By Eric L. Zielinski, DC (c), MPH (c)
One of the more controversial healing diets to hit the natural health scene, the GAPS diet, is named after Dr. Natasha Campbell-McBride’s book, Gut and Psychology Syndrome, which first described the idea in 2007. Suggesting that people get sick because of damage done to the gut, the book is basically a food guide designed to:
- create a healthy balance of bacteria in your gut,
- promote gastrointestinal healing and rebuild your gut wall so that toxins cannot enter your bloodstream, and
- reverse the toxicity caused by harmful bacteria that dominate the gut environment.
Inspired by the Specific Carbohydrate Diet (SCD) developed in the 1920s to heal digestive disorders, the GAPS diet has been at the heart of many scientific debates recently. Many claim that it can:
- boost immunity
- build bone density
- heal inflammatory bowel disease
- improve lactose digestion
- kill candida
- reverse allergies
- reverse heart disease
- reverse type II diabetes
- support detoxification
Why is the GAPS Diet so Controversial?
Frankly, any diet or health gimmick claiming to cure autism, ADD/ADHD, allergies and learning disabilities like dyslexia is going to be questioned. And rightfully so! As healthcare providers, we take the Hippocratic Oath, pledging to do “no harm” and to practice evidence-based medicine. Yet, the definition of “evidence” varies widely from doctor to doctor and from one healthcare approach to another.
This is why a number of researchers and physicians have condemned the GAPS diet: because no randomized clinical trials have been published yet evaluating its safety and effectiveness. If you do a search on the Internet, you’ll find many experts calling it “experimental” and even claiming that it is “unfounded on science.”
Personally, I couldn’t disagree more.
Just because Gut and Psychology Syndrome isn’t a term in the Merck Manual yet doesn’t mean that it doesn’t exist, right? Well, not according to Dr. Andrew Weil, M.D., who says, “It’s existence is unproven.” And just because researchers haven’t tested every nuance, it doesn’t mean that Gerard Mullin, M.D. (Associate Professor of Medicine and an integrative gastroenterologist at Johns Hopkins Hospital), is correct when he says that the GAPS Diet lacks a clear scientific rationale and is even challenging to follow.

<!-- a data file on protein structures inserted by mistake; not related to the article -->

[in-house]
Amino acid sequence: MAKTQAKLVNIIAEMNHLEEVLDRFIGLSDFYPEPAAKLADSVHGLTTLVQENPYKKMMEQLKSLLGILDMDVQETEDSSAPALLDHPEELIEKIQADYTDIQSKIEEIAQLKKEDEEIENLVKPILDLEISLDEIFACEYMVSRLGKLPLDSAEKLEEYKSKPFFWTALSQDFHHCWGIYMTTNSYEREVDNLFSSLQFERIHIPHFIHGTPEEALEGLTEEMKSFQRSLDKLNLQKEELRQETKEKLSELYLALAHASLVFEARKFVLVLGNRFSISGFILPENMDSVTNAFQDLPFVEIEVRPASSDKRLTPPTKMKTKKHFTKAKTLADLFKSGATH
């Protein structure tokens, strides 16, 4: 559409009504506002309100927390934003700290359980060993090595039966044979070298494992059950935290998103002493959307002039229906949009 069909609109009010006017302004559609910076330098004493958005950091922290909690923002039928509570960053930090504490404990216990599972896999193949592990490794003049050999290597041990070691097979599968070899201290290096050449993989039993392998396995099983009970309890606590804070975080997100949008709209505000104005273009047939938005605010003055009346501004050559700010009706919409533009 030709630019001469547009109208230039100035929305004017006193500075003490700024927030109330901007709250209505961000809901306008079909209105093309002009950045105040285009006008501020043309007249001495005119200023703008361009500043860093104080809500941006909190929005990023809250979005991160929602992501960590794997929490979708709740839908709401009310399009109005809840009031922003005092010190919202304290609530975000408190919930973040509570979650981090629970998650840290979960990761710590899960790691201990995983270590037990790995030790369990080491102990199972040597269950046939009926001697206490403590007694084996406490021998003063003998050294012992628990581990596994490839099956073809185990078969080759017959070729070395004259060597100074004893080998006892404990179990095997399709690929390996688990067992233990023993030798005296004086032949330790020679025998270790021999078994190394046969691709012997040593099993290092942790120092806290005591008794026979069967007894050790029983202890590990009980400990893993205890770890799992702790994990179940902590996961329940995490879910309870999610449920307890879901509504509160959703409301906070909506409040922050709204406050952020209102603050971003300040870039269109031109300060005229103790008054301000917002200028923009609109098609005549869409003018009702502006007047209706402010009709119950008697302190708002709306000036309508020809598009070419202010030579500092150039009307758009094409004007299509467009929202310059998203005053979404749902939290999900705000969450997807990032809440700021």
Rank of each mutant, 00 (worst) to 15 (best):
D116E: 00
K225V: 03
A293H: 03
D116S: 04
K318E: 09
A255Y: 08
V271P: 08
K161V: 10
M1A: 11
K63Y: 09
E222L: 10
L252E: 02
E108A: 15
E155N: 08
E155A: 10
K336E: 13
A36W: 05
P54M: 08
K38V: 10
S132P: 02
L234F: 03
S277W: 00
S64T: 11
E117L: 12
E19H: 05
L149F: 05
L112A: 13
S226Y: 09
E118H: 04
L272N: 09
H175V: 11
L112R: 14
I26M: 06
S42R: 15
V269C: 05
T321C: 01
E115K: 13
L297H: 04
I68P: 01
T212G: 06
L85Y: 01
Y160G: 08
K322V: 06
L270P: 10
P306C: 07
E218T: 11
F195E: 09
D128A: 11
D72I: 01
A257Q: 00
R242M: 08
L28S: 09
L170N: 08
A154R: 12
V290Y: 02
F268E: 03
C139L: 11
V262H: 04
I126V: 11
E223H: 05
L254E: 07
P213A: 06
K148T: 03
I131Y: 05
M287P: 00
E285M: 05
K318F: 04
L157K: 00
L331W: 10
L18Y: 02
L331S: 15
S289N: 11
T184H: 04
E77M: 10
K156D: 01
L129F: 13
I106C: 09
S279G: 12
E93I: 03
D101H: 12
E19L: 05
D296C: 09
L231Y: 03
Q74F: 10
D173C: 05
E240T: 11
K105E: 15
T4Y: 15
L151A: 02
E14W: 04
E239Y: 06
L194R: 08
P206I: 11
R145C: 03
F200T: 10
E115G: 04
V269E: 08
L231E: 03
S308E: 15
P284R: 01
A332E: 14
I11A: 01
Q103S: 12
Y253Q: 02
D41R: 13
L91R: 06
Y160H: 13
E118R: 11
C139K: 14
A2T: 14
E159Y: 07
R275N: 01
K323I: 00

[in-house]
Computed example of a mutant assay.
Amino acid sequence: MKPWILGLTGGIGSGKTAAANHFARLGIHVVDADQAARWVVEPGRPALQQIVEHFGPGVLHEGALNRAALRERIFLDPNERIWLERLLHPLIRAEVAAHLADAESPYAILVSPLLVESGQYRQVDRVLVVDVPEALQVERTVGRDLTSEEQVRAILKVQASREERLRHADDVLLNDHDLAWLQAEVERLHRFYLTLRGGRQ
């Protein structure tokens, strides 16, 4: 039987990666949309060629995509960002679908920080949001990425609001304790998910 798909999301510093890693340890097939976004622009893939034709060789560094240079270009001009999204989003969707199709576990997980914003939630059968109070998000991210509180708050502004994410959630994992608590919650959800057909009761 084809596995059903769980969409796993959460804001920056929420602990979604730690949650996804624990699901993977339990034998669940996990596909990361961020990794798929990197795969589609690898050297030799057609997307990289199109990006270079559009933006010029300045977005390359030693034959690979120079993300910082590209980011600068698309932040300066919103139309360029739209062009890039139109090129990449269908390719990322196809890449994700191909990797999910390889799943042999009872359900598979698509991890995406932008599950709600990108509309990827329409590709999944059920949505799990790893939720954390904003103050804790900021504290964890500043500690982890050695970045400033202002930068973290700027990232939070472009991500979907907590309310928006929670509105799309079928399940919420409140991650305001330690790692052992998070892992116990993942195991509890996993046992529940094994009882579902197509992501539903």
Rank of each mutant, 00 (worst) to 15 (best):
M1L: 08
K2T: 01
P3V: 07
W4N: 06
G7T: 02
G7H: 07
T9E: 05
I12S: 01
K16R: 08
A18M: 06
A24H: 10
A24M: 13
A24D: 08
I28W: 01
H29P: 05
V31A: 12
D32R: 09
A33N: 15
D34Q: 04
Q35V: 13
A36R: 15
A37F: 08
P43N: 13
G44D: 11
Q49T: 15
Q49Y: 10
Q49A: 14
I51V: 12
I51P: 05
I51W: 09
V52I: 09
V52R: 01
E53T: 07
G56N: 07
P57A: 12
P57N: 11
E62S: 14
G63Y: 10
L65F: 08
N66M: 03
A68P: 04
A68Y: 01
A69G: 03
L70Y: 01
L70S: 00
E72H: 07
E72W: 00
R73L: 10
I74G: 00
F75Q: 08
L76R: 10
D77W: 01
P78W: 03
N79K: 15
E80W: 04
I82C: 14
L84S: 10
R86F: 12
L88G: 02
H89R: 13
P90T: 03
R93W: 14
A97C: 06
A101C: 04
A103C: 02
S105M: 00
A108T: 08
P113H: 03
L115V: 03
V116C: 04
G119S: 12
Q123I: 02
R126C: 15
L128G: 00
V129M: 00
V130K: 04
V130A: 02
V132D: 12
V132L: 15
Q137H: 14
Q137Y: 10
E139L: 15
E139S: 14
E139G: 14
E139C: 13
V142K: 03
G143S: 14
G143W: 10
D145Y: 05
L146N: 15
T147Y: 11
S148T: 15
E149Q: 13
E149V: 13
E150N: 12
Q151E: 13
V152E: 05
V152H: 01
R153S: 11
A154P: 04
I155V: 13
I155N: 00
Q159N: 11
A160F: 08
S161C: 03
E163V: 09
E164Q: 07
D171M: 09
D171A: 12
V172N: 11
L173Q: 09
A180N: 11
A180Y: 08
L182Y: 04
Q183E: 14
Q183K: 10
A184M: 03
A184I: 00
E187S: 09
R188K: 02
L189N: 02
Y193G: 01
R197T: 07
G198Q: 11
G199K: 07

When you critically investigate each individual part, the GAPS diet as a whole makes complete sense.
For example, at the core of the diet is healing the gut lining with foods like bone broth and healthy fats while balancing gut microflora with probiotics and fermented foods. Although not tested under the guise of the GAPS Diet, this approach has been thoroughly evaluated in the scientific community.
Proven Aspects of the GAPS Diet
That the immune system is primarily housed in the gut is taught in Nutrition 101. In fact, the American Journal of Physiology published a study claiming, “The gut immune system has 70-80% of the body’s immune cells”! This has led researchers to discover that most chronic diseases are linked to immune dysfunction and can be traced back to bacteria imbalance and lack of probiotics (“good” bacteria) in your gut.
We see this type of research supporting all of the other GAPS diet principles like supplementing with:
- Digestive enzymes
- Essential fatty acids
- Vitamin A
In other words, although the GAPS diet hasn’t been tested directly, countless research studies have proven its approach indirectly.
Is the GAPS Diet for You?
If you suffer from any of the conditions mentioned above, there’s really no reason not to check it out. Who knows? Maybe you’ll experience a healing “miracle” like countless people have reported on the Internet!
For more information on the GAPS diet, check out Dr. Campbell-McBride’s book, Gut and Psychology Syndrome, and her website www.gapsdiet.com.
Eric L. Zielinski and his wife Sabrina are on a mission to help YOU live the Abundant Life. Check out their website www.DrEricZ.com and follow them on Facebook.